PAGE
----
Xenomouse Case Study

Abgenix and the XenoMouse L IST 1 2 Summary of the Abgenix case ......................................................................................................... - 3 1.1 Challenges ................................................................................................................................ - 3 - 1.2 Market Potential ....................................................................................................................... - 3 - 1.3 Competitors .............................................................................................................................. - 3 - Business Model & SWOT................................................................................................................ - 4 2.1 3 OF CONTENT SWOT Analysis of Abgenix .................................................................................................... - 4 - The three alternatives ....................................................................................................................... - 5 3.1 Hand-in deal (JV) with Biopart as partner ............................................................................... - 5 - 3.1.1 Pros .................................................................................................................................. - 6 - 3.1.2 Cons ................................................................................................................................. - 6 - 3.2 Hand-off deal with Pharmacol as partner................................................................................. - 6 - 3.2.1 3.3 Pros: ................................................................................................................................. - 7 - “Wait and see” (Do phase II’s and then decide) ...................................................................... - 7 - 4 NPV Evaluation ............................................................................................................................... - 8 - 5 Conclusion ....................................................................................................................................... - 9 - 6 Summary of the Manchester Case ................................................................................................. - 10 6.1 Ownership and Structure........................................................................................................ - 10 - 6.2 Key competitive strengths ...................................................................................................... - 11 - 6.3 Strategy .................................................................................................................................. - 11 - 6.4 Profitability ............................................................................................................................ - 11 - 6.5 Future perspectives ................................................................................................................ - 12 - Abgenix case question: 1. Which of the three strategic options for the go-to-market of the ABX-EGF a ("going solo"; JV; licensing-out) Abgenix should take? 2. List the Pros and Cons of each alternative. Try to evaluate each alternative in terms of NPV (Net Present Value). -2- 1 S UMMARY OF THE A BGENIX CASE XenoMouse is a unique strain of transgenic mice which had the capability to produce antibodies that could prove useful in treatment of human disorders like cancer, transplant rejection and inflammation. The main concept of this case is the strategic difficulties associated with the production and gaining approval from the FDA (The Food and Drug Administration). Which Partnership should Abgenix choose with regards to the best interest of the company? 1.1 Challenges In April 2000 the board of Abgenix considered themselves to have a strong financial position to “ride the antibody” wave. R. Scott Greer (President and CEO) faced three key challenges: 1. Choose the right collaboration partners 2. Continue to develop Abgenix skills and capabilities for the long term 3. Properly balance risk and potential rewards in negotiated deals It was hard to foresee the outcome of his choices, because of the unresolvable uncertainty in the biotechnology. There were two programs that was further developed in human testing, the ABX and Epidermal Growth factor (EGF) program which was targeting various types of cancer. 1.2 Market Potential The Epidermal Growth Factor (EGF) had according to an internal Abgenix report the following market potentials:  Cancer is the second-leading cause of death in the United States.  Over one million cases of cancer are diagnosed each year and half receive chemotherapy.  The direct cost of cancer in the United States, including patient care, was estimated in 1990 to be $35 billion or 6% of the total cost of healthcare. 1.3 Competitors  Major competitor producing antibody therapy was ImClone with C225 which was a humanized antibody, not fully devoid of mouse protein.  AstraZeneca with IRESSA, a well-tolerated anti-tumour product -3- 2 B USINESS M ODEL & SWOT Figure 1, describes the value chain of the product development. The two main business that Abgenix focused on were:  Technology licensing of XenoMouse: only step 3, obtained a target validation from their collaborators and generated an antibody.  Proprietary product development programs i.e. do step 3, 4 and some parts of step 5. Figure 1- Product development value chain 2.1 SWOT Analysis of Abgenix Strengths: Weaknesses:  Xenomouse technology  Does not have a marketing department  No marketing costs  No manufacturing division  No manufacturing costs  Less risky business Opportunities:   Threats: Cancer is the second- leading cause of  FDA’s regulatory programs death in the USA  The process is very costly Over one million caes of cancer are diagnosed -4- 3 T HE THREE ALTERNATIVE S 3.1 Hand-in deal (JV) with Biopart as partner Biopart was focusing on oncology and presented a different opportunity. This would be a 50/50 partnership. This meant that Abgenix and Biopart would run hand-in-hand strategies, sharing costs and profits. Biopart was also willing to make some payments initially to Abgenix.  Biopart would pay $5 million on signing of the deal and $5 million when phase II clinicals began.  All costs and revenues would be shared equally by Biopart and Abgenix.  Abgenix and Biopart would jointly design and conduct phase II tests. Bioart would take the lead on Phase II testing with some involvement from Abgenix.  Biopart would take the lead in marketing, given its existing salesforce for cancer therapies. Abgenix could, if it wished, develop its own salesforce to work alongside Biopart reps. (cost would be shared by the partnership per item #2) Bioparts revenues for the years 1999 were $510 million and it had established a good reputation for innovation and managing the regulatory process. Instead of the substantial fee plus royalties from Biopart as would be the case in a hand out agreement, both companies would run the project and share any costs and profits that incur. This deal would be beneficial to Abgenix in the sense that it would maintain control interest in testing, production and marketing. This would ensure that Abgenix was a part of the critical decision making involving the cost effectiveness of this deal, since they have to make sure it is successfully launched into the market. Figure 2, displays the estimated total cost of development over the period. Figure 2 Product development costs over the whole period -5- 3.1.1 Pros  Attempt to learn “new things” (dynamic capabilities)  Consistent with the industry architecture (Value is from phase III to commercialization)  Higher appropriability of returns (high risk/high reward) 3.1.2 Cons  (10+20+25+35+35+14)/2  Not risk free  80% of the potential market ( if the program gets the FDA approval) 3.2 Hand-off deal with Pharmacol as partner Table 1 Pharmacol is a large pharmaceutical company that Abgenix had no current relationship with. Pros with this partnership was that Pharmacol understood the extraordinary opportunity and market potential for ABX-EGC if the development process was completed. This ment that they would agree to a royalty rate that was considered high by industry standards.  Upon signing of deal: 5$ million  Beginning of Phase II trials: $5 million  If/when Pharmacol begins phase III: $ 8 million  If/when FDA Approval received: $10 million Abgenix would receive a 10% royalty on the sales in perpetuity. In table 1, the projected sales with Pharmacol partnership is presented. This shows a strength growth with a maturity at the end of the 10 year period. Pharmacol is already and established pharmaceutical company which has the skills necessary for guiding the product thorugh the rest of Phase I, II and III. A hand-off to Pharmacol whose marketing capability is firmly in place would enable Abgenix to evade the numerous expenses of introducing a new drug to the market. This option is quite easy, since responsibility on Abgenix only include providing the ABX-EGF. Pharmacol will do the human trails, oversee the regulatory process and effectively market the product. If they do all that, Abgenix will in addition to the initial payments above, receive high royalty rates from the sales. -6- 3.2.1 Pros:  No additional expenditures  Low risk  5+5 M $ upfront fee  Potentially, higher sales than with Biopart (+20%)  Higher royalty fee on sales (10% instead of 4-6% of the selling price) 3.3 “Wait and see” (Do phase II’s and then decide)  Develop in-house capabilities to get FDA approval and market the product.  If they decided to do phase 2 themselves, the other collaborators may not be there again to handoff or for a joint venture.  Will be very costly and time consuming.  Will take time before the product becomes profitable even if the product sales are successful. Abgenix would have to incur cost of approximately $28 million on its own. If the first years were successful, the company would have a high bargaining power to either opt for a hand-off or a hand-in agreement. -7- 4 NPV E VALUATION The NPV is clearly more beneficial for Abgenix to consider the JV with Biopart. According to the professor’s calculations he found a NPV of $351,760 using a cost of capital of 15%. The JV option generates a best case NPV of $931,900 and $-35,000 in the worst case scenario, using 0% cost of capital. This emphasises the conclusion which he made, that it is similar to gambling but with more advantageous relations. By JV with Biopart, Abgenix has the ability to learn new things even if the product is not successful. This advantage is crucial for the future development and sustainability of the company. -8- 5 C ONCLUSION The professor stated on the lecture 3/6-2015 that JV with Biopart is the best option because of the ability to learn new things, this is also the actual outcome that took place for Abgenix in 2000. The Biopart partnership would require large amounts of money to facilitate development of the ABX-EGF product. It is also estimated that this option will take approximately five years to get to the market. If the company has a high cost of capital the better choice would be licensing out because of the 40% chance of obtaining FDA approval. This is because the financial return are highly dependent on successful attainment of FDA approval as well as effective marketing of the product. The third option would require Abgenix to incur costs amounting to approximately $28 million on its own. If the year 1 and 2 developments prove to be successful then it would provide the company with a high bargaining power to either opt for a hand-off or a hand-in agreement. -9- 6 S UMMARY OF THE M ANCHESTER C ASE Manchester United has huge amounts of fans and it is not all about soccer. In fact the whole summer tour in 2012 was mainly a commercial campaign. When Manchester United played against Manchester City, the audience around the world scaled to 600 million people. By having a strong commercial strategy, the team can increase the number of sponsors which allows the team to sign better players for the team and expand the organization. In the upcoming years, the 71 year old team manager Sir Alex Ferguson would retire. Ferguson had not only trained the team but also shaped the entire Manchester United organization in terms of scouting, training, discipline and team tactics. The team stood in front of an inevitable transformation. 6.1 Ownership and Structure Between 1991 and 2003, Manchester United PLC was a public company, listed on the London Stock Exchange. In 2005 the company was acquired by the American businessman Malcolm Glazer, owner of the Tampa Bay Buccaneers. The Manchester United governance structure is presented below: Table 1 - 10 - 6.2 Key competitive strengths  One of the most successful sports teams in the world  A globally recognized brand with a large, worldwide following  Ability to successfully monetize their brand  Sought after content capitalizing on the proliferation of digital and social media  Well established global media and marketing infrastructure driving commercial revenue growth  Seasoned management team and committed ownership 6.3 Strategy  Expand their portfolio of global and regional sponsors  Further develop retail merchandising, apparel and product licensing business  Exploit new media and mobile opportunities  The intention to leverage third party media platforms and other social medias to further engage followers  Enhance the reach and distribution of broadcasting rights  Diversify revenue and improve margins 6.4 Profitability Despite large and growing revenues, European professional football is unprofitable. This is quite remarkable, considering the huge amounts of money that is involved in European soccer. Table 2 shows the different teams and their profitability. Table 2 - 11 - 6.5 Future perspectives CEO David Gill concluded that their future profitability depended upon the club’s ability to grow its commercial and broadcasting revenues. With Ferguson’s retirement fast approaching, the club need to determine how the entire system could develop to reach higher standards of performance. It would prove hard to break the existing systems and philosophy developed during Ferguson’s 26 years. - 12 -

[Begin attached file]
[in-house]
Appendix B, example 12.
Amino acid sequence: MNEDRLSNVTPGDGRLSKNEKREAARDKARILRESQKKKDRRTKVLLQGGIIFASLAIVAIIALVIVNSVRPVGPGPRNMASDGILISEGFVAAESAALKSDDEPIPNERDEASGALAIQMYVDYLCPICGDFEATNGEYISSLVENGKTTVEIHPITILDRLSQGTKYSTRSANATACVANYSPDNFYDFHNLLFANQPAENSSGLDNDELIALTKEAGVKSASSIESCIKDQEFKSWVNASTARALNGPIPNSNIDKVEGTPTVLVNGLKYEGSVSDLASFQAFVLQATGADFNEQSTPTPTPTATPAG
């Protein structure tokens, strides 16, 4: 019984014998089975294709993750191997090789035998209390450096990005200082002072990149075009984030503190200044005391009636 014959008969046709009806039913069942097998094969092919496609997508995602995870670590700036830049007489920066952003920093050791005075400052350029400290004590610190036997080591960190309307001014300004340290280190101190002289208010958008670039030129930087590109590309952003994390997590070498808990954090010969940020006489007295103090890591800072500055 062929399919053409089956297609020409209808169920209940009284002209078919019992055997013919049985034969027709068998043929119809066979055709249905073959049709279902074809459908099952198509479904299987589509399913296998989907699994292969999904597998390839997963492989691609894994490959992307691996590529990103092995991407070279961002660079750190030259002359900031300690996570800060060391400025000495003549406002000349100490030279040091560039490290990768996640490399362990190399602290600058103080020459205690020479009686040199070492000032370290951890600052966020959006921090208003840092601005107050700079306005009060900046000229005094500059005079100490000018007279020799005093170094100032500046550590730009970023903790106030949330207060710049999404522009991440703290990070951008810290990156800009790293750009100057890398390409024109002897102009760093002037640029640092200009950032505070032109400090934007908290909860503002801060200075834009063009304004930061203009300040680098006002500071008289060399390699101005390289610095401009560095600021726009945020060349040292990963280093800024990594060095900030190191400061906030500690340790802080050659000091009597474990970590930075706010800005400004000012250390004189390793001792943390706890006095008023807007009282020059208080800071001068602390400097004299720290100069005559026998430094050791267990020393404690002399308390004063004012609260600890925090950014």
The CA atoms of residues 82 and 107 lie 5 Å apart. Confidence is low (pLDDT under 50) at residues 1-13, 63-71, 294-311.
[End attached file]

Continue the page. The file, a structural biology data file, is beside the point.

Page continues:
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Case Analysis'XenoMouse'Abgenix's new drug development, ABX-EGF, showed much promise to its industry. The company needed to make a decision as to collaborate with another organization or take on the project itself. The following describes the pros and cons of Abgenix collaborating with another organization for ABX-EGF.If Abgenix were to collaborate they would be sharing the risk with their partner compared to embracing all of the risk by attempting it themselves. This is beneficial to Abgenix because they are only liable for the amount they invest into the project. This action is very common in the business world especially when the project is expensive and the outcome is uncertain.Another pro of collaborating is how Abgenix has the opportunity to gain more creativity and innovation. There is evidence on how collaborations with multiple organizations creates the most significant source of innovation. This is due to how these organizations provide resources and capabilities necessary for novel ideas. Also, including another organization allows different perspectives on ABX-EGF in regards to how it should be marketed, any improvements if needed, etc. Collaborating with a company allows Abgenix to gain strengths they did not have before.